Kids Korner: Being angry (March 7th)

3rd Sunday in Lent

Lent is the long purple section. It is 40 days + 6 Sundays before Easter. It is a time to think about our choices and how we want to do better. It is also a time of prayer and giving.

How to Lent with Kids

Our Story


Today’s story needs a little background: The Temple in Jerusalem was the most special place of worship for all of the Hebrew people, and everyone was expected to come to the Temple at least once in their lives. When they were there, they had to use the special money that only the Temple used, the Shekel, instead of the money they used at home to go shopping and pay bills.

When they arrived at the temple they had to exchange their money from home for the money needed in the Temple. They also needed to buy the animal they wanted to sacrifice at the Temple (Hebrew people practiced animal sacrifices until 70 CE when the Temple was destroyed and they were all kicked out of Jerusalem. This story about how Jesus got angry happened around 40 years before the Temple was destroyed).

Jesus saw that the people selling the animals and changing the money were charging the travellers more than they should. The travellers did not have any other choice to change their money once they arrived at the Temple, so they had to pay the higher exchange rate and cost of animals. We call this Exploitation: when someone takes advantage of someone else, or lies to them or tricks them into paying more money than they should.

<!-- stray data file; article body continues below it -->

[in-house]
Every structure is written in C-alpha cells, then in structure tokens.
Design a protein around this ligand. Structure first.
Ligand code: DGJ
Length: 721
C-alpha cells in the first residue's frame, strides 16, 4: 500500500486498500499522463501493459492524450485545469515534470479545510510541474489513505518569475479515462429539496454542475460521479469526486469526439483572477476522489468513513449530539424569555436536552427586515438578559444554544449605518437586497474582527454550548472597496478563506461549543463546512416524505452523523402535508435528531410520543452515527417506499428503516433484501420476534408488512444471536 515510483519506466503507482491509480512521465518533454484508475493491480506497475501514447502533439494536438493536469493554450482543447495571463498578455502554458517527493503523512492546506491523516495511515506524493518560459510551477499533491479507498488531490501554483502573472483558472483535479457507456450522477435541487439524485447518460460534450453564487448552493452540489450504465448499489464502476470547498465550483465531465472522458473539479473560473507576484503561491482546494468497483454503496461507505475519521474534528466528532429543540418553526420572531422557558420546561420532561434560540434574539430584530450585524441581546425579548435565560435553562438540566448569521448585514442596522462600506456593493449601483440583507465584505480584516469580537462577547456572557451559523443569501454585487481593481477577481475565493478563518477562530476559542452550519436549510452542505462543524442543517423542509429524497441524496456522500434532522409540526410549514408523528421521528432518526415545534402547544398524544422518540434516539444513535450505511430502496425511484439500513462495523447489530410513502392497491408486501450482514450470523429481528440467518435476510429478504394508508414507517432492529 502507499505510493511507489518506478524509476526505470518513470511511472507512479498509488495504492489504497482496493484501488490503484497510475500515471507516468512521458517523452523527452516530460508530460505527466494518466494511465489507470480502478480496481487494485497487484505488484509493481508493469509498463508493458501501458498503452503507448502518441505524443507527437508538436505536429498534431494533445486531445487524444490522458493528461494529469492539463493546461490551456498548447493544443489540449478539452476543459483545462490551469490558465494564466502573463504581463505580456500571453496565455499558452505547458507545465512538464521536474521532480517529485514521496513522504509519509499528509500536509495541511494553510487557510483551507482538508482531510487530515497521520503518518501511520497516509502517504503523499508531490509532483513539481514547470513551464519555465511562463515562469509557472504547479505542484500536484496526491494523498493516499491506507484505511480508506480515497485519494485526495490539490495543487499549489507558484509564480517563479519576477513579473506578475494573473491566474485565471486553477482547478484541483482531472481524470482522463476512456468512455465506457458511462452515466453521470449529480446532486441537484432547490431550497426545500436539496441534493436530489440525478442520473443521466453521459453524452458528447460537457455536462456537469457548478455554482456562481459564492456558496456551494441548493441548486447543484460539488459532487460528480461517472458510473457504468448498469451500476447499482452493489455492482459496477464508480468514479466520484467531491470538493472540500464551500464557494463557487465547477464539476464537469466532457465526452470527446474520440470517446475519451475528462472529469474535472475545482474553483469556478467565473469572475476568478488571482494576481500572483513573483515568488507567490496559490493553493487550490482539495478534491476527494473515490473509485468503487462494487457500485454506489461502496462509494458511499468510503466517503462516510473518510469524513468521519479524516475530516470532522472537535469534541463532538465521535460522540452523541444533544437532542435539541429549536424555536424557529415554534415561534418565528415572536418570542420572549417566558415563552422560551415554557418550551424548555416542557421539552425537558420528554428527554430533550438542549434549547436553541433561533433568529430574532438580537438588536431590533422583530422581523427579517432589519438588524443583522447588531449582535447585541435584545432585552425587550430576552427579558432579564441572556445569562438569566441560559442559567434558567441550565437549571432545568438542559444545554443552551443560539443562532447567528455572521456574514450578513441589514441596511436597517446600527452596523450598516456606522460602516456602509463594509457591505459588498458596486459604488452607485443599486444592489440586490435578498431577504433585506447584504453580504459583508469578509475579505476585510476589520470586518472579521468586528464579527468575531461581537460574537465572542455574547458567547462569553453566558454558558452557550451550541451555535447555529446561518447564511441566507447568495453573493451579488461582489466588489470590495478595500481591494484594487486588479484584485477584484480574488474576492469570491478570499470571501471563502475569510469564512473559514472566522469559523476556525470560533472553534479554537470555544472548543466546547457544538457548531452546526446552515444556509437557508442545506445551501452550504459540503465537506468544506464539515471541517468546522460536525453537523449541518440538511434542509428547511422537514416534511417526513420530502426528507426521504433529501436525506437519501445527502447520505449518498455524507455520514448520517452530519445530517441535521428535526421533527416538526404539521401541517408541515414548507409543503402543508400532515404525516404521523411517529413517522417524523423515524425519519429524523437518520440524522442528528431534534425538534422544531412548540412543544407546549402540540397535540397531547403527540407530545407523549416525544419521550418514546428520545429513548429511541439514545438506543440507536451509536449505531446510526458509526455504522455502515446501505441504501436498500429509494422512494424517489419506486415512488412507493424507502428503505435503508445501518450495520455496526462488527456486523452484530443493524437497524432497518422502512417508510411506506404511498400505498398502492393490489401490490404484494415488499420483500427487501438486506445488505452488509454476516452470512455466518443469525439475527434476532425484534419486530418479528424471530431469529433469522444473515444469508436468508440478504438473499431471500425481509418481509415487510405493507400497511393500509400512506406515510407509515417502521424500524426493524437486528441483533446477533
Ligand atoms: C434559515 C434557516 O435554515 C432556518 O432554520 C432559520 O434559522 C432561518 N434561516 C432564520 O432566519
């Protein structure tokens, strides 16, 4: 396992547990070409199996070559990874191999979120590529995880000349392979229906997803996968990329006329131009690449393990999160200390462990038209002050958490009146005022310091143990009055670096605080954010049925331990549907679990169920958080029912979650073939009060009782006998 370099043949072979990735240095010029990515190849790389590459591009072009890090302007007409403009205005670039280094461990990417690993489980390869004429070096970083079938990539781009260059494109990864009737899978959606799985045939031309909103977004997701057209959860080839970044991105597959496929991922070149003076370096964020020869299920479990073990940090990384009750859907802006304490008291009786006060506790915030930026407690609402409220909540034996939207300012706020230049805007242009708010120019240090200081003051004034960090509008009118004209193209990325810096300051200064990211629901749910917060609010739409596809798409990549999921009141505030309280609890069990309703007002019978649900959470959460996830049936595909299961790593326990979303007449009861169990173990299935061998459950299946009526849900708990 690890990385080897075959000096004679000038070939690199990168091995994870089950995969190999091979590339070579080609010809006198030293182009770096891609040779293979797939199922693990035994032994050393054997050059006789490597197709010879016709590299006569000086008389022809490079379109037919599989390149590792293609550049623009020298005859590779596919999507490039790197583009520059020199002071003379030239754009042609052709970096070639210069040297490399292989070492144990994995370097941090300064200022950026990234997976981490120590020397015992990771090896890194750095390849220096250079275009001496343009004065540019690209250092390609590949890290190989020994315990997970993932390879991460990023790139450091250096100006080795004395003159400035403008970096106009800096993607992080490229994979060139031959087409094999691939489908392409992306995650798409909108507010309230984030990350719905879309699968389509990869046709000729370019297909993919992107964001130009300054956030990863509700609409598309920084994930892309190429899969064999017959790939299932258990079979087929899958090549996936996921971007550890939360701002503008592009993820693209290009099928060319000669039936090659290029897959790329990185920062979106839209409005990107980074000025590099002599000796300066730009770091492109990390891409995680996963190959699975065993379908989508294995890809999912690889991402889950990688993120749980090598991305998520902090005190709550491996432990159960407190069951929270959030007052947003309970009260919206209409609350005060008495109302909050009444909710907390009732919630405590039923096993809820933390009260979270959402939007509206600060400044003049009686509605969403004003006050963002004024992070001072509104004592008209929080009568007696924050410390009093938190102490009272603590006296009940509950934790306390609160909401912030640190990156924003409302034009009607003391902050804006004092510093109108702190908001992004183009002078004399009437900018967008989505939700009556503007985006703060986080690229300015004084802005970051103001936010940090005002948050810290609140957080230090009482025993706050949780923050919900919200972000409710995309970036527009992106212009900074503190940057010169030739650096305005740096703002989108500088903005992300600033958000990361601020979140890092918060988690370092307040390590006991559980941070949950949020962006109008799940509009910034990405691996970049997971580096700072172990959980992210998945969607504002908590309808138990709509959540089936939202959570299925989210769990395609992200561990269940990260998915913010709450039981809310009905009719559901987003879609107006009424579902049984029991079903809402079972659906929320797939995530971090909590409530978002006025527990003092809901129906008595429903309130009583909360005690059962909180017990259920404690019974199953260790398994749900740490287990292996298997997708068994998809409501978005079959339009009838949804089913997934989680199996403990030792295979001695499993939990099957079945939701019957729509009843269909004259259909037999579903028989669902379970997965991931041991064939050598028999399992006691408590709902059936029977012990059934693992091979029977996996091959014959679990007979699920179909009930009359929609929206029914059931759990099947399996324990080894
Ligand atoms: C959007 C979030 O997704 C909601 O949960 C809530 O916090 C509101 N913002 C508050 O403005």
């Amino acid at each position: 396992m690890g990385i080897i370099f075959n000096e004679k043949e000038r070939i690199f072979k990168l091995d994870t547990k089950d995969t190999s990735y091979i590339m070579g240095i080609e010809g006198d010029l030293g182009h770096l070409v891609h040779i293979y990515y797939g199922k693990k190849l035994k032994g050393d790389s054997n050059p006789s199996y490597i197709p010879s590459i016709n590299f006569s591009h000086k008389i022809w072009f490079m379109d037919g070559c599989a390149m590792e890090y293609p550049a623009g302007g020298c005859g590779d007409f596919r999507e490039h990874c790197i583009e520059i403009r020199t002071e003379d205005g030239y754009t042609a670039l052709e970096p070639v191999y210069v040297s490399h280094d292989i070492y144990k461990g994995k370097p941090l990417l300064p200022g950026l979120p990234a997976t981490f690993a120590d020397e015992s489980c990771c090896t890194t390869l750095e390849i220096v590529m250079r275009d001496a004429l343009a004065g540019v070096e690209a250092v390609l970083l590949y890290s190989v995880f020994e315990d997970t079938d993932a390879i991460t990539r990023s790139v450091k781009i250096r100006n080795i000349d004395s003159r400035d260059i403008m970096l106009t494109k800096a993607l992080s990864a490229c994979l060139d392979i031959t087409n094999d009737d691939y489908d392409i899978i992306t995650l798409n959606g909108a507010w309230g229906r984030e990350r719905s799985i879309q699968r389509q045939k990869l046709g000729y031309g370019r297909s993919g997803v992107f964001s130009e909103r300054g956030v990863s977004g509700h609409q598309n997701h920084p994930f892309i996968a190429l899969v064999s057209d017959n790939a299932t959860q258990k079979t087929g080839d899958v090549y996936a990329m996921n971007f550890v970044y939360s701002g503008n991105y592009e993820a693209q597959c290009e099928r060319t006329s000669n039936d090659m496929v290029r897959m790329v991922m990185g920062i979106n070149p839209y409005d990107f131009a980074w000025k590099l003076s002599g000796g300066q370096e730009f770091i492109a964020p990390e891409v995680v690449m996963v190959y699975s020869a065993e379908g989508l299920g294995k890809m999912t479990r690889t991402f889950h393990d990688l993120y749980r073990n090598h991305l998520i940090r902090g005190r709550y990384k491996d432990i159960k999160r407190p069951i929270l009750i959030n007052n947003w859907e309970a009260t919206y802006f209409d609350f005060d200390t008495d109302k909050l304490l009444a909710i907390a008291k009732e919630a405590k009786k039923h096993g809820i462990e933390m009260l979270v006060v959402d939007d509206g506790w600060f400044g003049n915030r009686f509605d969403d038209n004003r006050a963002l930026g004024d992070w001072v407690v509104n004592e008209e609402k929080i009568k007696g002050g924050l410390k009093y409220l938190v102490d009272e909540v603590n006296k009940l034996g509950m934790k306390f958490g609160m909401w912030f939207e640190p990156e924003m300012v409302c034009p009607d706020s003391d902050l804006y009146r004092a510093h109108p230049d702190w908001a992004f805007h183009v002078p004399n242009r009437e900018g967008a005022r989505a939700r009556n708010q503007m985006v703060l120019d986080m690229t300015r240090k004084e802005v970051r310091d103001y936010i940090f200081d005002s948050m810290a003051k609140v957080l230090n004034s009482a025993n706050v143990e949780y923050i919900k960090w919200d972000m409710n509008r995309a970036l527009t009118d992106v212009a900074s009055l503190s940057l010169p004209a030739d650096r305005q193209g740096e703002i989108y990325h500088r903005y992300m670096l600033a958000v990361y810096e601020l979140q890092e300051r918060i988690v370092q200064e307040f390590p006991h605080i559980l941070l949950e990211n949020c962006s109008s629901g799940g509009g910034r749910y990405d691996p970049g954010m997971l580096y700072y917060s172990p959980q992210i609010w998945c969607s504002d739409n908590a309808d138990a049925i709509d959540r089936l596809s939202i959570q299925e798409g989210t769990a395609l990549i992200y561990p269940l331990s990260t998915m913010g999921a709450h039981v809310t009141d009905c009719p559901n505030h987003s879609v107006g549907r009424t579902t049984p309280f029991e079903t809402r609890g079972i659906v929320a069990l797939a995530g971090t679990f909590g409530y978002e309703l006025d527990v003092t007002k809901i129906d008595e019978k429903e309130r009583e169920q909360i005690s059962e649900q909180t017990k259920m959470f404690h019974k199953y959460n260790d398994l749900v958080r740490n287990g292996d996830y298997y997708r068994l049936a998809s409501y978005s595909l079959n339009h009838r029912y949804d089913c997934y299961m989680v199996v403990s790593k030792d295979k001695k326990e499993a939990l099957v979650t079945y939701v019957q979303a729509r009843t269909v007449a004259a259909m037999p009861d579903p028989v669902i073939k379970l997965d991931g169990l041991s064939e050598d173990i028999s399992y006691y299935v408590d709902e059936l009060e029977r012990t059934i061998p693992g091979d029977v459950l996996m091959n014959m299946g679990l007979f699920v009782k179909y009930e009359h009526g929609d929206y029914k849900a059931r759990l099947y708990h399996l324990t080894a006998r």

Jesus got angry at how the travellers were treated and how the Temple was being used.

What does it feel like when you get angry? Draw a picture of yourselves being angry. Talk about your picture.


The best time to talk about an emotion is when you are not feeling that emotion. Do you ever talk about being angry or do you just feel anger and get in trouble for feeling or acting out your anger?

There are three big kinds of anger: 1. Anger because you are frustrated that something isn’t working. 2. Anger because you are not being treated fairly. and 3. Anger because you are tired and you don’t know what to do with yourself.

Talk about your anger and find examples of all three types of anger. Ask your family what they think about being angry and what examples they have. Can you come up with ways to let your family know when your anger is frustration and you need help? How about when your anger means you believe you were treated unfairly and need them to listen to your thoughts about fairness?

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